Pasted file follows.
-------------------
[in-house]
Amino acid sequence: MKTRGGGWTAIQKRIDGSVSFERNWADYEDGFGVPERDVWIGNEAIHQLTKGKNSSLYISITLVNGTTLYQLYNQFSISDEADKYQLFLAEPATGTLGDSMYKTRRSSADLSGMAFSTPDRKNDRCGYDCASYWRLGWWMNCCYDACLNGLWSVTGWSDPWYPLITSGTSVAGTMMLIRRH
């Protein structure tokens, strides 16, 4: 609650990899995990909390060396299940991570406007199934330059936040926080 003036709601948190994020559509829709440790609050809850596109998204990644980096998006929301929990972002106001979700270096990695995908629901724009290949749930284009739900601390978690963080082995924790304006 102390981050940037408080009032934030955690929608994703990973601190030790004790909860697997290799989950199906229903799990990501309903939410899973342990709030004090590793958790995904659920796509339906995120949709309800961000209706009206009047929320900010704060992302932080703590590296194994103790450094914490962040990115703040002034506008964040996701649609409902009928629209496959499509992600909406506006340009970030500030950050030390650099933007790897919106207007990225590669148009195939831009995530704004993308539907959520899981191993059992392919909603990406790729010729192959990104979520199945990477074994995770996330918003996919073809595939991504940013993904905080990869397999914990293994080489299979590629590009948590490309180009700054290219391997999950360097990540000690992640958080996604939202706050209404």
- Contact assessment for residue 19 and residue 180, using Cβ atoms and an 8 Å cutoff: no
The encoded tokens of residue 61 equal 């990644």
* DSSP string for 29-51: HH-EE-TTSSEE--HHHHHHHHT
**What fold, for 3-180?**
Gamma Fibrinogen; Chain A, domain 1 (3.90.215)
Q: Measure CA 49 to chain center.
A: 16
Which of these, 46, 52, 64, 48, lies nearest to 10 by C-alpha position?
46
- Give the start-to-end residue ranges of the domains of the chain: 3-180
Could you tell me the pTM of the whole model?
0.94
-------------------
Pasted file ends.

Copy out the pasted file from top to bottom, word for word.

[in-house]
Amino acid sequence: MKTRGGGWTAIQKRIDGSVSFERNWADYEDGFGVPERDVWIGNEAIHQLTKGKNSSLYISITLVNGTTLYQLYNQFSISDEADKYQLFLAEPATGTLGDSMYKTRRSSADLSGMAFSTPDRKNDRCGYDCASYWRLGWWMNCCYDACLNGLWSVTGWSDPWYPLITSGTSVAGTMMLIRRH
């Protein structure tokens, strides 16, 4: 609650990899995990909390060396299940991570406007199934330059936040926080 003036709601948190994020559509829709440790609050809850596109998204990644980096998006929301929990972002106001979700270096990695995908629901724009290949749930284009739900601390978690963080082995924790304006 102390981050940037408080009032934030955690929608994703990973601190030790004790909860697997290799989950199906229903799990990501309903939410899973342990709030004090590793958790995904659920796509339906995120949709309800961000209706009206009047929320900010704060992302932080703590590296194994103790450094914490962040990115703040002034506008964040996701649609409902009928629209496959499509992600909406506006340009970030500030950050030390650099933007790897919106207007990225590669148009195939831009995530704004993308539907959520899981191993059992392919909603990406790729010729192959990104979520199945990477074994995770996330918003996919073809595939991504940013993904905080990869397999914990293994080489299979590629590009948590490309180009700054290219391997999950360097990540000690992640958080996604939202706050209404």
- Contact assessment for residue 19 and residue 180, using Cβ atoms and an 8 Å cutoff: no
The encoded tokens of residue 61 equal 């990644």
* DSSP string for 29-51: HH-EE-TTSSEE--HHHHHHHHT
**What fold, for 3-180?**
Gamma Fibrinogen; Chain A, domain 1 (3.90.215)
Q: Measure CA 49 to chain center.
A: 16
Which of these, 46, 52, 64, 48, lies nearest to 10 by C-alpha position?
46
- Give the start-to-end residue ranges of the domains of the chain: 3-180
Could you tell me the pTM of the whole model?
0.94